This new system is affordable, easy to use and effective.
A group of researchers in Canada has developed a new way of purifying drinking water. With the news of lead contamination in California and many other places across the U.S and in rural Canada, it’s great to know that communities in need might soon benefit from having more options at their fingertips.
The technique was invented by scientists at the University of British Columbia, and it builds on previous knowledge around filtering water.
It uses a system of tanks made of fiber membranes to catch and hold contaminants with bacteria.
A World First
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Yes, there are other water purification systems like it out there. This one is the first to use gravity combined with bacteria, to clean the water, though.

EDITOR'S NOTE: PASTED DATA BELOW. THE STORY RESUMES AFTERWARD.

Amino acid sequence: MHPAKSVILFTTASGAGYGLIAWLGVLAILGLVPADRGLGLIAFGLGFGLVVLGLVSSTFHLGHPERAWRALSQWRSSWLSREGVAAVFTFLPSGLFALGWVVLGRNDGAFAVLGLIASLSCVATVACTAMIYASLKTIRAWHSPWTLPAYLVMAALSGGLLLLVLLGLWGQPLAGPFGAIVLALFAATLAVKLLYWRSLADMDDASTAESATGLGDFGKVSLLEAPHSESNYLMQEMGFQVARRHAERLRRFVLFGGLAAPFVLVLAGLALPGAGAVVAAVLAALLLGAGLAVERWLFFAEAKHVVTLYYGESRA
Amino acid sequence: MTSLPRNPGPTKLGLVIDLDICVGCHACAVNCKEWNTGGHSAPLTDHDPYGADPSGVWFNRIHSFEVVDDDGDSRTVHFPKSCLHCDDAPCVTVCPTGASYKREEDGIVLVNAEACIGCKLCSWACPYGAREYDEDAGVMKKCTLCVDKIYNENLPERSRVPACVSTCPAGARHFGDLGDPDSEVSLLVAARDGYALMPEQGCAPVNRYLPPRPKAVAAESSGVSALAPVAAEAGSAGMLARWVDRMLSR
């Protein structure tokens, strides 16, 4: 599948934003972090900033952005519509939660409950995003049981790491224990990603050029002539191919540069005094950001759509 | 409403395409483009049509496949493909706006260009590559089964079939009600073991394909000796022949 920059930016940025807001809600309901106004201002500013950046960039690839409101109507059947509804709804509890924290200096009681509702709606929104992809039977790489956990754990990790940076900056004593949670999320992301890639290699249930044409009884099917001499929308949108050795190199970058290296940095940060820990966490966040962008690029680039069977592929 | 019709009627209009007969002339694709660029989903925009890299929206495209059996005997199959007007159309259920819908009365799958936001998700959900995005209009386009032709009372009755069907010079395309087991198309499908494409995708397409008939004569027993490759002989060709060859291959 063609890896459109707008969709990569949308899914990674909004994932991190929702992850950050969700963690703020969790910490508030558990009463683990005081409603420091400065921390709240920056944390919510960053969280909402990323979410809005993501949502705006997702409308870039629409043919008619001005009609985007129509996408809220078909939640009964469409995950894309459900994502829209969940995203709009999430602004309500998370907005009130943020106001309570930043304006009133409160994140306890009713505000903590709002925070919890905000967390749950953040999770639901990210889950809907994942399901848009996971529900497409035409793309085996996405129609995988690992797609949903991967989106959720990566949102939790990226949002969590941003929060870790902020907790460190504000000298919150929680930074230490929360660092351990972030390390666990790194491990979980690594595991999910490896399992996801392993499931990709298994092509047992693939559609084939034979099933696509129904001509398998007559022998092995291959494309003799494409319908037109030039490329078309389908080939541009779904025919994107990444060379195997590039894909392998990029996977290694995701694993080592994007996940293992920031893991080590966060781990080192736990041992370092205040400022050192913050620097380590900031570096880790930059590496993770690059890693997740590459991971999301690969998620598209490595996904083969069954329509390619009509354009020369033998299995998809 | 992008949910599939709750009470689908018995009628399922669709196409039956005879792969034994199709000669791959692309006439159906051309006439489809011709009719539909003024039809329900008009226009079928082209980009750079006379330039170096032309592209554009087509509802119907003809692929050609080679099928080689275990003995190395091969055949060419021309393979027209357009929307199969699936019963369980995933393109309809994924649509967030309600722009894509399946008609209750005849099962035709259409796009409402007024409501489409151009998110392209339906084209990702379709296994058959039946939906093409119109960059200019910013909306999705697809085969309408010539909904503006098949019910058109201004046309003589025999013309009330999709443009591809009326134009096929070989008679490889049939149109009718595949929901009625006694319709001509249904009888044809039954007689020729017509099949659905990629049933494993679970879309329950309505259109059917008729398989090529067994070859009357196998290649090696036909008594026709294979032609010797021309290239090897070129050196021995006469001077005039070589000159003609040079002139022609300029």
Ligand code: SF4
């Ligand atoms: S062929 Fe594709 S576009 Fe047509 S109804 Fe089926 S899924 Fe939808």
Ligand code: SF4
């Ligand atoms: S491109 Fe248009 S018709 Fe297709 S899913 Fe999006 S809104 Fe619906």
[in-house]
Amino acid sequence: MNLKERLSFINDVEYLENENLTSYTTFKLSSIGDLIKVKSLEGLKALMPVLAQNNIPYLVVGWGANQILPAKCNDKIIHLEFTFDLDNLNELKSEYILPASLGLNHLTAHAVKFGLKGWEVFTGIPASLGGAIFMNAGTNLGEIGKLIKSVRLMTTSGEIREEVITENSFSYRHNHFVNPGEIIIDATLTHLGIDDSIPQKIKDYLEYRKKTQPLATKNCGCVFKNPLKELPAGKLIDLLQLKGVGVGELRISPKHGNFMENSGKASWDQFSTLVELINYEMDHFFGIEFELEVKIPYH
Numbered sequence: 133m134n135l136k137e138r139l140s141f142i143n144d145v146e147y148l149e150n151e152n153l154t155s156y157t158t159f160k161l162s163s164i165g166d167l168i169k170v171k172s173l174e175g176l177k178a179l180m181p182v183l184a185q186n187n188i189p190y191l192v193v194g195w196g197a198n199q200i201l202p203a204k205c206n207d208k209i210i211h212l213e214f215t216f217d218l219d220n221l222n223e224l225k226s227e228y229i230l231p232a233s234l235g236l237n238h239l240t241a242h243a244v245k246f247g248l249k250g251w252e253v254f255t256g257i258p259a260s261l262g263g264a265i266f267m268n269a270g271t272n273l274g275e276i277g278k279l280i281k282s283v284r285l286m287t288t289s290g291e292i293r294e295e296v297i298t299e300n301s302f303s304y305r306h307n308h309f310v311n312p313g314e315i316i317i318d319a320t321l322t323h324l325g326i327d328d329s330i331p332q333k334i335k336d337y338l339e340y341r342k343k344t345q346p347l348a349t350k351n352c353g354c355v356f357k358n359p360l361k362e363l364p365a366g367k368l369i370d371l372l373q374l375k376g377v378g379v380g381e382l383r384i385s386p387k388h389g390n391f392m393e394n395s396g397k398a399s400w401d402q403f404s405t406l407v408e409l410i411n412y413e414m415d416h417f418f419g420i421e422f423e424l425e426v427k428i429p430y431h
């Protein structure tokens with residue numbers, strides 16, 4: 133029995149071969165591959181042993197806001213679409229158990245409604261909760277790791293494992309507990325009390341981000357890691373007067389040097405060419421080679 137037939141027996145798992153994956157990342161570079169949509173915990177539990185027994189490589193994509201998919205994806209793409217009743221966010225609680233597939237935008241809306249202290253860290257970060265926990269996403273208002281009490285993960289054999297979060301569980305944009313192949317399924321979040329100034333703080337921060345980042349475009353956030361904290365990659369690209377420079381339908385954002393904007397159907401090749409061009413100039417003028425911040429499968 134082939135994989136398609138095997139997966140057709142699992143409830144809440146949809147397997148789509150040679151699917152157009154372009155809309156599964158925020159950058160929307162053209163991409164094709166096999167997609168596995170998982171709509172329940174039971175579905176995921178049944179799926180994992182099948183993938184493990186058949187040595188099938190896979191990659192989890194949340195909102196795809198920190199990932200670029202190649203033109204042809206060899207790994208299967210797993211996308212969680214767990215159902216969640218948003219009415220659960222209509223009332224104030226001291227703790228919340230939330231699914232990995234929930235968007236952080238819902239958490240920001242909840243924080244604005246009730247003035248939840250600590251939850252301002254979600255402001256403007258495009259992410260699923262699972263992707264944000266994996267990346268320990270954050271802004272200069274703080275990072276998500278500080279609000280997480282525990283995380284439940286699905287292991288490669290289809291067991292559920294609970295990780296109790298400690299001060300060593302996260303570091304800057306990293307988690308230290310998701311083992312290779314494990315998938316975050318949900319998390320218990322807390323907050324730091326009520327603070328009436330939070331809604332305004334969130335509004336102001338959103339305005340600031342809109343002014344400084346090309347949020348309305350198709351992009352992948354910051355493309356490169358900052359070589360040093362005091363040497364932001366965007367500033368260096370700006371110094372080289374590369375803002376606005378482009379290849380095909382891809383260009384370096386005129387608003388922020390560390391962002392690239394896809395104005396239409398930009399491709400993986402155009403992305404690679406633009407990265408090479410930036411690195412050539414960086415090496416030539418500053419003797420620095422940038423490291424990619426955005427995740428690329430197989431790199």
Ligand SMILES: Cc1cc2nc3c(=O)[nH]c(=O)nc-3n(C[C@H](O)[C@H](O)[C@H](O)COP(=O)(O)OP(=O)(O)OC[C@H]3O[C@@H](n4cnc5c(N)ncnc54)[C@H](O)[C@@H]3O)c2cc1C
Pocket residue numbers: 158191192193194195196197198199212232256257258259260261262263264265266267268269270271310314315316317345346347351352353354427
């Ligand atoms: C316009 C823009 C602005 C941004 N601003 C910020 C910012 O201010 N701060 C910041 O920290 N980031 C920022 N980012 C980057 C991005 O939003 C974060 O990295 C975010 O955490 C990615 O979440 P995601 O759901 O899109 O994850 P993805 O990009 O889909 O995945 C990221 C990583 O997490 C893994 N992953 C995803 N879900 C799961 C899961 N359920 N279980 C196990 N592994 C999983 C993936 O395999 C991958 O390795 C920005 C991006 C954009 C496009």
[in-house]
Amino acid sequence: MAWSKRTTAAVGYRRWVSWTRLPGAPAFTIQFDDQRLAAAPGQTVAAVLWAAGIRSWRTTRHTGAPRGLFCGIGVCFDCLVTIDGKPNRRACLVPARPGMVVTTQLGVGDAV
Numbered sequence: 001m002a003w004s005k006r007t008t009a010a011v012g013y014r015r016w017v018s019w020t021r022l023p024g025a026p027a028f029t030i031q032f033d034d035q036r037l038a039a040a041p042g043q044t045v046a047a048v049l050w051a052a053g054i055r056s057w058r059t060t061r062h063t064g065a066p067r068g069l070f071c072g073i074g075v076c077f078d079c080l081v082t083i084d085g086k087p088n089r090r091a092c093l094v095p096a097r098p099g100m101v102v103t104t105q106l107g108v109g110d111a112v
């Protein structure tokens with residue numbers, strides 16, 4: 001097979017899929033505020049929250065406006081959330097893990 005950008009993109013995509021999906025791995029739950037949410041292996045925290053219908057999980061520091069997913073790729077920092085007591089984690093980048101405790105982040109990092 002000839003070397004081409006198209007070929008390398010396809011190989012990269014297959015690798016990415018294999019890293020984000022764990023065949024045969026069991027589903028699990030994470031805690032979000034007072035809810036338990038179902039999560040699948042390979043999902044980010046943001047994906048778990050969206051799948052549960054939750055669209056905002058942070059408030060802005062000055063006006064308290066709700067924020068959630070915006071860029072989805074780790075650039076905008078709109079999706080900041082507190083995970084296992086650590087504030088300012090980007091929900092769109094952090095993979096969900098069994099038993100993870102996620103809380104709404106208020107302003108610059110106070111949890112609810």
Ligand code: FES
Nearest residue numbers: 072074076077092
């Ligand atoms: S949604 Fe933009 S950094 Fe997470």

Usually chemicals and complex mechanical systems are needed to keep the membranes used in water filtration clean but in this case, the biofilm- a slimy thin layer of bacteria on a porous surface- catches and holds contaminants, breaking them down as the clean water filters through.
It could prove to be a lifesaver for communities. So many people need an affordable way to ensure their drinking water is up to par.
“Access to clean drinking water is a constant challenge for millions of people around the world,” says the projects lead professor, Pierre Bérubé. “Our goal is to provide a model for low-cost, effective water treatment for communities, and to help locals help themselves as they build, operate and even expand their water treatment plants.”